Old Dog, New Tricks

Phoenix music legend Johnny D gets props in the hip-hop scene

At the house in downtown Tempe where Dixon's lived with his mom, Helen, for 35 years, three rooms are dedicated to Dixon's massive vinyl collection, shelves stacked floor-to-ceiling. In his bedroom, one entire wall is dedicated to Phoenix artists, arranged alphabetically. Along the top of the shelves, and running from room to room, are white boxes of soul 45s, with their alphabetical parameters written on the front -- "Jam Ð Joh," "Joh Ð Ken," etc. An Elvis the Cat poster hangs near a shelf full of analog tape recordings from Valley studios, with a Tubes eight-track tape proudly displayed.

In the hallway connecting the three rooms, there's a framed album cover of Phoenix legend Duane Eddy's first LP, Have ÔTwangy' Guitar, Will Travel. The rooms are scattered with memorabilia: classic fliers, Wallace & Ladmo badges, framed sheet music. This is Dixon's utopia, and if he had his way, all of his wax babies would see circulation again.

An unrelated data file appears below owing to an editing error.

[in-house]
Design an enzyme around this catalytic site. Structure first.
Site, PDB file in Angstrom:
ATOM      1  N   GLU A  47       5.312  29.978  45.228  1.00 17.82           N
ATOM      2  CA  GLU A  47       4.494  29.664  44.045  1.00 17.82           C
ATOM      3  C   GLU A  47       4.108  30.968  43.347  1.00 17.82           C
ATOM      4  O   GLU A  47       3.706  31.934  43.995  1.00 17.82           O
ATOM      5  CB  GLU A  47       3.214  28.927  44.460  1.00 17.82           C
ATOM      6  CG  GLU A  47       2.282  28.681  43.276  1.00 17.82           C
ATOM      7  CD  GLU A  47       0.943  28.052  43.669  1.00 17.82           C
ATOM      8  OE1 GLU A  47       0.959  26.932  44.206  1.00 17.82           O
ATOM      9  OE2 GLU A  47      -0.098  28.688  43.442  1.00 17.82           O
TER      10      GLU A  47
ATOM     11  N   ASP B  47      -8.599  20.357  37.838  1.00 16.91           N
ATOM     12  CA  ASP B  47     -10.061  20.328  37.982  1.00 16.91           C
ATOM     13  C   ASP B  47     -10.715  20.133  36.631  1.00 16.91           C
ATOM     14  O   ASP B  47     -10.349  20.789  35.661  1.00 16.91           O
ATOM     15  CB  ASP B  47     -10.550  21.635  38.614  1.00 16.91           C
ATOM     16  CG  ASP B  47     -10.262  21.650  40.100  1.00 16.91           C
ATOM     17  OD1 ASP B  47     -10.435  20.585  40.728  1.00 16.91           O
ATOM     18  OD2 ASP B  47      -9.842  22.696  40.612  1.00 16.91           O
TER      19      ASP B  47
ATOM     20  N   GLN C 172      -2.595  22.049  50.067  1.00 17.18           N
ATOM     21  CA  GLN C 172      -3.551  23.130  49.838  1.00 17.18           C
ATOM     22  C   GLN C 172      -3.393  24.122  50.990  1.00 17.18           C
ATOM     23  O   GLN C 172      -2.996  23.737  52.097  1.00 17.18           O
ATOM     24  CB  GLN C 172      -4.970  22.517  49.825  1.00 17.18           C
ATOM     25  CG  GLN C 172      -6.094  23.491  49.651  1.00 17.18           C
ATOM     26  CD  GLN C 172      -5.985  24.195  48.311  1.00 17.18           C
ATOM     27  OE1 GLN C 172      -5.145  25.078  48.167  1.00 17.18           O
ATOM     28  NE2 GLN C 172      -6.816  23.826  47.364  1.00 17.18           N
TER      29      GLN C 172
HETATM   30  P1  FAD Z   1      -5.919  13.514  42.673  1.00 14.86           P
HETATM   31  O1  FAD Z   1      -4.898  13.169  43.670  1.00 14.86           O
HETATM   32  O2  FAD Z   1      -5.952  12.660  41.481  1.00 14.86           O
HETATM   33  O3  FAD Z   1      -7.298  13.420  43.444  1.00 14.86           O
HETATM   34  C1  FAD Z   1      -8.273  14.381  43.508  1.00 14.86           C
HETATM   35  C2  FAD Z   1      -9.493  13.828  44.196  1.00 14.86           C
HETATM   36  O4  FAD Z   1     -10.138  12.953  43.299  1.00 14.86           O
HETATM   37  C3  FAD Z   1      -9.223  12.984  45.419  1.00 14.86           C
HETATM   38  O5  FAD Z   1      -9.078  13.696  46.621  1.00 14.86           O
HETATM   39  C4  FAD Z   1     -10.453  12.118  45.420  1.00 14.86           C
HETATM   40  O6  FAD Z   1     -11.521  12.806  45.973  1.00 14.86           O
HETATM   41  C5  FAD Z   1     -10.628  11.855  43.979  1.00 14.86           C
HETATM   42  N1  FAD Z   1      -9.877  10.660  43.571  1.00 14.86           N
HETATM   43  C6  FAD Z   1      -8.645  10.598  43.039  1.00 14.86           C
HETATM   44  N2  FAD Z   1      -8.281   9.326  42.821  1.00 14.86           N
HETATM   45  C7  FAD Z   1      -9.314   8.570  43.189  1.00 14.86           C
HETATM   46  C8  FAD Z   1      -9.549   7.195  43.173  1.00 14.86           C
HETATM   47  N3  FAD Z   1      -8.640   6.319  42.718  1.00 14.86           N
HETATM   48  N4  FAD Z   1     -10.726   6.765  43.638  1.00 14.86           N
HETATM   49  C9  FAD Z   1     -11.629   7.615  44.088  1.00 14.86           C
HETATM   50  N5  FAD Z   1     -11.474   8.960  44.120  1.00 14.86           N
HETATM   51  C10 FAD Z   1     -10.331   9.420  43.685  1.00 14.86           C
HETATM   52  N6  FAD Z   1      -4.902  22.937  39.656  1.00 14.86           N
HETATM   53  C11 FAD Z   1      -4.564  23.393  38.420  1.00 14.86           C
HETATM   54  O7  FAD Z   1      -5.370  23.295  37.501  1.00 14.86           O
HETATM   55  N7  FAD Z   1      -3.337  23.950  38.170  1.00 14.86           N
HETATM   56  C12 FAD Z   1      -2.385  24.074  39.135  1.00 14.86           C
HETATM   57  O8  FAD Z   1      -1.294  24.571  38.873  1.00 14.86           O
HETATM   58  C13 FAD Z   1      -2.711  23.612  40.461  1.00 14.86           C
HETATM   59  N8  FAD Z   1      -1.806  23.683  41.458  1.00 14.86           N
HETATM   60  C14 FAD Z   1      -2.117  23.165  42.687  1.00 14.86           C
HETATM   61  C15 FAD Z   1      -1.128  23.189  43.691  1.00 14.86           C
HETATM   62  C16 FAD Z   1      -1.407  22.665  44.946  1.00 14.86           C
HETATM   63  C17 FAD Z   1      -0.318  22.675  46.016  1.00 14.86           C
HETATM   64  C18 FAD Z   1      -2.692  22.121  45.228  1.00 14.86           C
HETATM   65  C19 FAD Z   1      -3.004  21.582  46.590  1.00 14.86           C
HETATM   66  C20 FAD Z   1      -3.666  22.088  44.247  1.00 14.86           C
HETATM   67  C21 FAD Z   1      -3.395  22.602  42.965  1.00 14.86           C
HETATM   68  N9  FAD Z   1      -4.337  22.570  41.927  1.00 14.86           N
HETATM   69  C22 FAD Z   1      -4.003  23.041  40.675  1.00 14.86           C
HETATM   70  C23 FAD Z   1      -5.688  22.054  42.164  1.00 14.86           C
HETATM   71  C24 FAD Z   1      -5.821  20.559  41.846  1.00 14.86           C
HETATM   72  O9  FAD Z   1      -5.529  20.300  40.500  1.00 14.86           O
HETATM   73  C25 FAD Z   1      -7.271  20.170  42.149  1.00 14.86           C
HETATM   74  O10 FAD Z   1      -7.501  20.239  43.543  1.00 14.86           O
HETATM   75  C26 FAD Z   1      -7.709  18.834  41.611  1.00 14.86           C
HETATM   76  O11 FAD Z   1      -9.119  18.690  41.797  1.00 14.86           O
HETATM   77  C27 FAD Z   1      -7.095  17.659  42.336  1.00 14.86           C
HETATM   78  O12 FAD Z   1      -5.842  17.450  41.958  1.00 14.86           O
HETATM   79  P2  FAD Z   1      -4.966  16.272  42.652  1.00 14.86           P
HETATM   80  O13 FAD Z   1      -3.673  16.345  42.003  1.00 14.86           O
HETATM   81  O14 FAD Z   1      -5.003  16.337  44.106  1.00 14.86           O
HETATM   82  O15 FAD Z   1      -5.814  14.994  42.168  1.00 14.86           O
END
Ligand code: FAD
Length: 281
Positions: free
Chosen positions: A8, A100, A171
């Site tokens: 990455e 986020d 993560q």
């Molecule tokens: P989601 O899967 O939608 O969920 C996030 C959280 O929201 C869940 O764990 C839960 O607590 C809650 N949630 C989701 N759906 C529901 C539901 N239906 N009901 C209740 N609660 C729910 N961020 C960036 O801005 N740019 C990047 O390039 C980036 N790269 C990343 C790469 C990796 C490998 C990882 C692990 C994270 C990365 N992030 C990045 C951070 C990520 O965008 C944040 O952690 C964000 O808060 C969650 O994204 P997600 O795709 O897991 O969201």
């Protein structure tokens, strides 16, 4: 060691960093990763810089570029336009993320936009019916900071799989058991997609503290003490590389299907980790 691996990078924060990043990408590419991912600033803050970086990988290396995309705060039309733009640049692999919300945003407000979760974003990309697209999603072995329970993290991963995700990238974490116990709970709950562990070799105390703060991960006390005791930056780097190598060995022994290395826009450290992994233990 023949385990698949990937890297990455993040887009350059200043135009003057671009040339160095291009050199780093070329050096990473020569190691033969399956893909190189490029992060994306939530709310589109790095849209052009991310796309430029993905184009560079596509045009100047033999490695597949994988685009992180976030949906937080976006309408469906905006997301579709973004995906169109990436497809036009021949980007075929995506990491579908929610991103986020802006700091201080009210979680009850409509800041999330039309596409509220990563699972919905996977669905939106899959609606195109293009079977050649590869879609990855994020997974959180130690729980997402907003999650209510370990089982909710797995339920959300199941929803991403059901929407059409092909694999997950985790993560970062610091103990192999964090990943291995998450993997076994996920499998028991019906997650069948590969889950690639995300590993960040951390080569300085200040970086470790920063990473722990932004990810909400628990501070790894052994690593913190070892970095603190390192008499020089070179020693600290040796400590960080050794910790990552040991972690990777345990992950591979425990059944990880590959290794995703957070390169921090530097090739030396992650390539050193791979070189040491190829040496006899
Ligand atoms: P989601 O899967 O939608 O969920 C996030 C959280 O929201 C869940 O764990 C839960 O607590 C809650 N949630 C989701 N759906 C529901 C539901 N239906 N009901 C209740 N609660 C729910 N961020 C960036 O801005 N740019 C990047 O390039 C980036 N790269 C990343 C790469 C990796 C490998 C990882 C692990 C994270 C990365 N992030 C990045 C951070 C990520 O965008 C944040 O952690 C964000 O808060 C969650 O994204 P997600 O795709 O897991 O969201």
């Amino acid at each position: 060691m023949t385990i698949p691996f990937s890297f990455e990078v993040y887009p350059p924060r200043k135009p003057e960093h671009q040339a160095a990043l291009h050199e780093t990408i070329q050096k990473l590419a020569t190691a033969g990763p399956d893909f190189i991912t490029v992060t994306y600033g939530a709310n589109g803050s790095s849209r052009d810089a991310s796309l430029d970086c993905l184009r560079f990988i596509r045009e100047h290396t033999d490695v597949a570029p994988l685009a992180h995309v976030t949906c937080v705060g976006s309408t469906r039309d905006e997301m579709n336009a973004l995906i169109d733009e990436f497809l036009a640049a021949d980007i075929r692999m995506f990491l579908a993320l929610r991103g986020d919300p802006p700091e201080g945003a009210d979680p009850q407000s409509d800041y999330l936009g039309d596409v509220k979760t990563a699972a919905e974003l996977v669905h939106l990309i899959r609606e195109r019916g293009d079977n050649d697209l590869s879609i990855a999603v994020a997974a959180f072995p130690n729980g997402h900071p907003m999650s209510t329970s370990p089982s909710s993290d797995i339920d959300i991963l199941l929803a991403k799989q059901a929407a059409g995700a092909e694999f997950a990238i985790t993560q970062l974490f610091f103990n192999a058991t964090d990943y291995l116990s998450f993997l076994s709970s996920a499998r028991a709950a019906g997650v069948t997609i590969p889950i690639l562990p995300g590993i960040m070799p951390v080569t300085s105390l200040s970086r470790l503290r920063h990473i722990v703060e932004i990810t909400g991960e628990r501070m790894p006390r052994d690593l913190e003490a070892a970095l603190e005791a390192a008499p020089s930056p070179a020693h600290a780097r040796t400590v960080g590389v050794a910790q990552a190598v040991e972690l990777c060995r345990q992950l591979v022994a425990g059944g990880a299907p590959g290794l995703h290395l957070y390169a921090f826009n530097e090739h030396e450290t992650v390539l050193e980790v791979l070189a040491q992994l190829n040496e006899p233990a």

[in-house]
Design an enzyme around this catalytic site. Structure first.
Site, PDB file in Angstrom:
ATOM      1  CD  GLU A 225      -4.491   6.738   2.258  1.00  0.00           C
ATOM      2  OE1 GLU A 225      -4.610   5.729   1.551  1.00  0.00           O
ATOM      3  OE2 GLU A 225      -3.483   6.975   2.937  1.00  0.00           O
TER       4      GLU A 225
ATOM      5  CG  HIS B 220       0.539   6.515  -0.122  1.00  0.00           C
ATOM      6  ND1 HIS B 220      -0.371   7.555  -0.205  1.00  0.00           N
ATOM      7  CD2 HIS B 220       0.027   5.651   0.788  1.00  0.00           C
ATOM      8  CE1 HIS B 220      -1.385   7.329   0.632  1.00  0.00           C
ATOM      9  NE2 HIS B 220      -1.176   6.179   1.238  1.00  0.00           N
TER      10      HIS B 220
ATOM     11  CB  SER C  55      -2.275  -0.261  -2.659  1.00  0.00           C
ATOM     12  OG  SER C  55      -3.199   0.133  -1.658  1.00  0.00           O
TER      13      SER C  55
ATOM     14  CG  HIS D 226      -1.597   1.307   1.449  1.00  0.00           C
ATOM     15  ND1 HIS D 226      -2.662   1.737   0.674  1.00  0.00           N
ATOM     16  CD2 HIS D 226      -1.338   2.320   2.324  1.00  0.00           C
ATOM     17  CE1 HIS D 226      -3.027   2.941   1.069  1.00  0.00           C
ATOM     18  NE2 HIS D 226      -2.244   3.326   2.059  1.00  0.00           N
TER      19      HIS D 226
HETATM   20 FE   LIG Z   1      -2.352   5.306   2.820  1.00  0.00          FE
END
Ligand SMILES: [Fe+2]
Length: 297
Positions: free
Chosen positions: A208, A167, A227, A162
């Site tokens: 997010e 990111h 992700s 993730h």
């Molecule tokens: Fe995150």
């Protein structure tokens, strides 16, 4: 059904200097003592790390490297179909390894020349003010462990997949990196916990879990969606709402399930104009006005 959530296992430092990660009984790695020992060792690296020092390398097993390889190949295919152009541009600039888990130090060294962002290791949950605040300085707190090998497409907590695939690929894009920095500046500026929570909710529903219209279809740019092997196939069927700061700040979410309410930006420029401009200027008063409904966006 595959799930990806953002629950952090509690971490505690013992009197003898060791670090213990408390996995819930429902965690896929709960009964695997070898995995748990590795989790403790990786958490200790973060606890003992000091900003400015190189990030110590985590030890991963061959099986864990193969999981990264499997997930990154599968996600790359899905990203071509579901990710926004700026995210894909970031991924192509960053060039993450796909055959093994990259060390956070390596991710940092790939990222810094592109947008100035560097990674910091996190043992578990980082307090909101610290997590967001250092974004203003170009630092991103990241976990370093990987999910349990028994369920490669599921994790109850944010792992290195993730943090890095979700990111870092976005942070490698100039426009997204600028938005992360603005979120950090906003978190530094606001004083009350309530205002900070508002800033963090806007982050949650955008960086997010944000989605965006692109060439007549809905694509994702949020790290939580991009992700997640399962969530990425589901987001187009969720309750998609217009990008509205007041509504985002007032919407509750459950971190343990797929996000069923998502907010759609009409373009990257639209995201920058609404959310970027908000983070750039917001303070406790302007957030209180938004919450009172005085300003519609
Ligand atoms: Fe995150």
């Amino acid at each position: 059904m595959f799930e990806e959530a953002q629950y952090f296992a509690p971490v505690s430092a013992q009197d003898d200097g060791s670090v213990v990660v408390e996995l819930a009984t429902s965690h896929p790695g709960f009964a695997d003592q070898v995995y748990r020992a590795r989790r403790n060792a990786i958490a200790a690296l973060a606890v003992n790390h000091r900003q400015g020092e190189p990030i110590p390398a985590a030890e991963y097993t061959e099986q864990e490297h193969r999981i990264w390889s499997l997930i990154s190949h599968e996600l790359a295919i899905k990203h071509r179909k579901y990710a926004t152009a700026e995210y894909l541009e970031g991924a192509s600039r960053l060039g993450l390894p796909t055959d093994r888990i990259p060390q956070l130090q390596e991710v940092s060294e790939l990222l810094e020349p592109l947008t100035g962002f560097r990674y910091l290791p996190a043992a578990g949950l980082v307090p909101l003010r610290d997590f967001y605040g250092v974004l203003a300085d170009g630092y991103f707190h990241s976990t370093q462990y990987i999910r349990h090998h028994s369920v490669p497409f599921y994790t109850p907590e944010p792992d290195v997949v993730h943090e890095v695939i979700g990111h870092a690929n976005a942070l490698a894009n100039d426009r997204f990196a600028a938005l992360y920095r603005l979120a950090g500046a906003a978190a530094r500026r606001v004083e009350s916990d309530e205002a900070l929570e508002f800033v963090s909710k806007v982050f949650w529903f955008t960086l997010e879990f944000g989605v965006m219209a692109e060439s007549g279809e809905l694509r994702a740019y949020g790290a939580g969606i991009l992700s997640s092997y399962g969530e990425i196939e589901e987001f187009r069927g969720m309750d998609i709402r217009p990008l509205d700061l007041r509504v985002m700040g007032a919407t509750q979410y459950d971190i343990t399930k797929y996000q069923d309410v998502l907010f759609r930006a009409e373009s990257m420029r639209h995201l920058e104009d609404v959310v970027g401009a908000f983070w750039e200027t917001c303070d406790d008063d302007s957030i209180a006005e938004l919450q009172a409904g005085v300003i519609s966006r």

"Maybe it is good nobody came here 25 years ago and discovered everything," he says, still somewhat flabbergasted by the resurgence in interest by the new generation of collectors. "I'm just kind of amazed sometimes that maybe things do work out. At 58, I still feel part of the scene; it's neat."

Johnny D: "I just dig the music."
Johnny D: "I just dig the music."

E-mail brendan.kelley@newtimes.com

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